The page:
Using blind contour drawing as a form of expressive abstract drawing

Today I was thinking about the process of warming up and practicing drawing to develop hand-eye coordination. I was going through a notebook full of art notes yesterday and ran across a blind contour drawing I did of something out of the blue while in the middle of my notes. I can’t even tell you what it was but the interest and energy of the line got me thinking why not have some fun and purposely develop a blind contour drawing into an abstract drawing/painting. I’m sure I am not the first to think of this but I had fun today anyhow.

Blind contour drawing is a method of drawing widely used by art teachers, where an artist draws the contour of a subject without looking at the paper.

This is the subject I used to create my blind contour drawings. It is a dried milkweed pod.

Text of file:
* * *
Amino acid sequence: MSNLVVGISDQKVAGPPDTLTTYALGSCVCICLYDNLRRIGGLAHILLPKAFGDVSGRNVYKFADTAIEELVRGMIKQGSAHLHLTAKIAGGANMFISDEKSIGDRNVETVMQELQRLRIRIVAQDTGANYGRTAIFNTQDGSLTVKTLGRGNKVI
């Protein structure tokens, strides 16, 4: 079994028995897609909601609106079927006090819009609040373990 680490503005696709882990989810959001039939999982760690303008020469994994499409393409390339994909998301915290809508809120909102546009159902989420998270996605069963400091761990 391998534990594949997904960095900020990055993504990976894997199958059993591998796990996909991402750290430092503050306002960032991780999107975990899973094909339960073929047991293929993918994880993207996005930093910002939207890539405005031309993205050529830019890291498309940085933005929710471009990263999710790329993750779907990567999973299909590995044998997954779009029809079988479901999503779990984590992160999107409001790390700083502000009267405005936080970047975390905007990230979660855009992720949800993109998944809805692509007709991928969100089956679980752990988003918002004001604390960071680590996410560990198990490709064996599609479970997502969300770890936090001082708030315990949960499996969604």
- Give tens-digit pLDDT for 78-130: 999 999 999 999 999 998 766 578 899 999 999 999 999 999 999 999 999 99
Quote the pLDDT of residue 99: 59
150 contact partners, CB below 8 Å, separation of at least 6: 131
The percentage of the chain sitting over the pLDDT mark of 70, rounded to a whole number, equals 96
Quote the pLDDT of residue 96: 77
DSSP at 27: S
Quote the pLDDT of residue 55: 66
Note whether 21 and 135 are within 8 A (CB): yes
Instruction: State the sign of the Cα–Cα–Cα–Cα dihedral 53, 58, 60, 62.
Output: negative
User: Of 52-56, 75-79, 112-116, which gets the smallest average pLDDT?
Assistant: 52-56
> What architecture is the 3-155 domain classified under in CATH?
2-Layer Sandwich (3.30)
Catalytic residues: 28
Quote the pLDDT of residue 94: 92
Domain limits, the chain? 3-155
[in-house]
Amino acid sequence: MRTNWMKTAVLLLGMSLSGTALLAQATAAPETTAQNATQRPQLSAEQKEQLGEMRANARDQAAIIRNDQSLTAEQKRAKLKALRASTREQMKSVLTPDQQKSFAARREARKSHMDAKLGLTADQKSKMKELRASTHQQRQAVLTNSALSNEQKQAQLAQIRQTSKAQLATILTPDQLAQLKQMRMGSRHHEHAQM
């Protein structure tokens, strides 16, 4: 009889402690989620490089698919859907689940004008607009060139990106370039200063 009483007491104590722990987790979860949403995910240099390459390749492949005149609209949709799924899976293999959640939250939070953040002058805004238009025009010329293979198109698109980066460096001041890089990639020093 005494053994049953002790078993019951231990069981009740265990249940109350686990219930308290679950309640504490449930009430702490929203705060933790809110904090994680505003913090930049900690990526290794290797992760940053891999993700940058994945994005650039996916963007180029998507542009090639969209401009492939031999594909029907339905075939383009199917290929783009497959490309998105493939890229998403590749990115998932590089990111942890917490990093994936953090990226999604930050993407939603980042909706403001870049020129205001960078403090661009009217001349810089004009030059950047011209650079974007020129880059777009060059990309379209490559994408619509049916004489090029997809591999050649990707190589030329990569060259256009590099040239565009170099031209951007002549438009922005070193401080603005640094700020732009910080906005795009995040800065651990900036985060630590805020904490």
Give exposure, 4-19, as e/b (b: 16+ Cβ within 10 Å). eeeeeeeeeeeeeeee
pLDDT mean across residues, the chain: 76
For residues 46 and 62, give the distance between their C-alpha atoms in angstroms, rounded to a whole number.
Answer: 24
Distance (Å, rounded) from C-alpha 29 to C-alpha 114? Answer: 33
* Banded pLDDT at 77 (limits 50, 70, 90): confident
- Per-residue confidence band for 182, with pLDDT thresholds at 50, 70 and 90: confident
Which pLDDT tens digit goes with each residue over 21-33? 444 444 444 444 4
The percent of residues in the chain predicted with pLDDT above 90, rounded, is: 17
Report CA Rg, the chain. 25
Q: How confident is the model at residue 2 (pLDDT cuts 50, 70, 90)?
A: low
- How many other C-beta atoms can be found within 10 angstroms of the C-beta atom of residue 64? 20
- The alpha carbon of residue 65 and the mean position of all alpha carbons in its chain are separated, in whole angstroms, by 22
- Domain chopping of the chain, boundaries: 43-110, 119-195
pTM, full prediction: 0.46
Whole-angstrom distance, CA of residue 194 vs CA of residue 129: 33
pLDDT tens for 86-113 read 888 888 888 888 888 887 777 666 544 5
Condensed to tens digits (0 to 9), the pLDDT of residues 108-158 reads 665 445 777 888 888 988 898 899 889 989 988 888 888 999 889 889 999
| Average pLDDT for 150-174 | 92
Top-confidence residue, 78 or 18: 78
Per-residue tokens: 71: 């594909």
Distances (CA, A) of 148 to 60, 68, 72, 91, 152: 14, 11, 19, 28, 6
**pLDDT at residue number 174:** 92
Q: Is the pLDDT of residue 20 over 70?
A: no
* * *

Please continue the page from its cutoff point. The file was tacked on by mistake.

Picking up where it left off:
The first drawing I did was in pencil on watercolor paper. The contour drawing itself turned out better without the watercolor. I think the watercolor was put on too stiffly. This was the first attempt.

Round two I decided to switch over to one of my Micron pens. The watercolor is getting looser.

The third drawing was done on Yupo paper with the Micron pen and watercolor. I like the lack of control I had with the water on this one.

Lastly, I did a wet-on-wet watercolor background first on this one and let it dry. I also ended up moving the milkweed pod to a different position.

This experiment was fun and next time I might try it on a larger scale. I think this is a great exercise not only to develop hand-eye coordination but also to let go of expectations of the finished product and loosen up a little. I would love to see the results if anyone else gives this a try.

15 thoughts on “Using blind contour drawing as a form of expressive abstract drawing

  1. What a great idea Rebecca! I love how each of these turned out so differently yet each is so beautiful in it’s own way. I am definitely going to try this.Thank you for the inspiration.


  2. Good idea – I’ll definitely give this a try. Thank you for sharing, and I particularly like your drawing on Yupo paper.


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